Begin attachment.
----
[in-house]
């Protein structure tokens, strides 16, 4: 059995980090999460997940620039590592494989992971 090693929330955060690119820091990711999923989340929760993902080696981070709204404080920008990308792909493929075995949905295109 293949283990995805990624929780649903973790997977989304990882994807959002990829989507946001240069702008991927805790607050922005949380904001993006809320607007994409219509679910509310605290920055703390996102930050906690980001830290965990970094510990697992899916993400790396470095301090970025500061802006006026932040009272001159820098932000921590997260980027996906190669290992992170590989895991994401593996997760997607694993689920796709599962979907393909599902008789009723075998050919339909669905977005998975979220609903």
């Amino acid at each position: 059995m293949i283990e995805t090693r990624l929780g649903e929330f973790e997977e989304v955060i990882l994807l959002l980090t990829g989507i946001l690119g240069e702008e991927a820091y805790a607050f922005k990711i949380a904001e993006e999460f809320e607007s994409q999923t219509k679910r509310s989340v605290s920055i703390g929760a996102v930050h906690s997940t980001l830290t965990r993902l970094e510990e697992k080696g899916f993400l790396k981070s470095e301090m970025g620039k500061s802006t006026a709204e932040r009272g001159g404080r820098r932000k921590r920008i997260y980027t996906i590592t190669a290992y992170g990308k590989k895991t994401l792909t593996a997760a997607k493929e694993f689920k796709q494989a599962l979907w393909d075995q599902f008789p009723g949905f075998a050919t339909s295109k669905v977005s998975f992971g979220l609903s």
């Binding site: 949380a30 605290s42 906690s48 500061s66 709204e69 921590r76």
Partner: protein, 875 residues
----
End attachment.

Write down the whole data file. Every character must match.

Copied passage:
[in-house]
């Protein structure tokens, strides 16, 4: 059995980090999460997940620039590592494989992971 090693929330955060690119820091990711999923989340929760993902080696981070709204404080920008990308792909493929075995949905295109 293949283990995805990624929780649903973790997977989304990882994807959002990829989507946001240069702008991927805790607050922005949380904001993006809320607007994409219509679910509310605290920055703390996102930050906690980001830290965990970094510990697992899916993400790396470095301090970025500061802006006026932040009272001159820098932000921590997260980027996906190669290992992170590989895991994401593996997760997607694993689920796709599962979907393909599902008789009723075998050919339909669905977005998975979220609903």
């Amino acid at each position: 059995m293949i283990e995805t090693r990624l929780g649903e929330f973790e997977e989304v955060i990882l994807l959002l980090t990829g989507i946001l690119g240069e702008e991927a820091y805790a607050f922005k990711i949380a904001e993006e999460f809320e607007s994409q999923t219509k679910r509310s989340v605290s920055i703390g929760a996102v930050h906690s997940t980001l830290t965990r993902l970094e510990e697992k080696g899916f993400l790396k981070s470095e301090m970025g620039k500061s802006t006026a709204e932040r009272g001159g404080r820098r932000k921590r920008i997260y980027t996906i590592t190669a290992y992170g990308k590989k895991t994401l792909t593996a997760a997607k493929e694993f689920k796709q494989a599962l979907w393909d075995q599902f008789p009723g949905f075998a050919t339909s295109k669905v977005s998975f992971g979220l609903s």
């Binding site: 949380a30 605290s42 906690s48 500061s66 709204e69 921590r76």
Partner: protein, 875 residues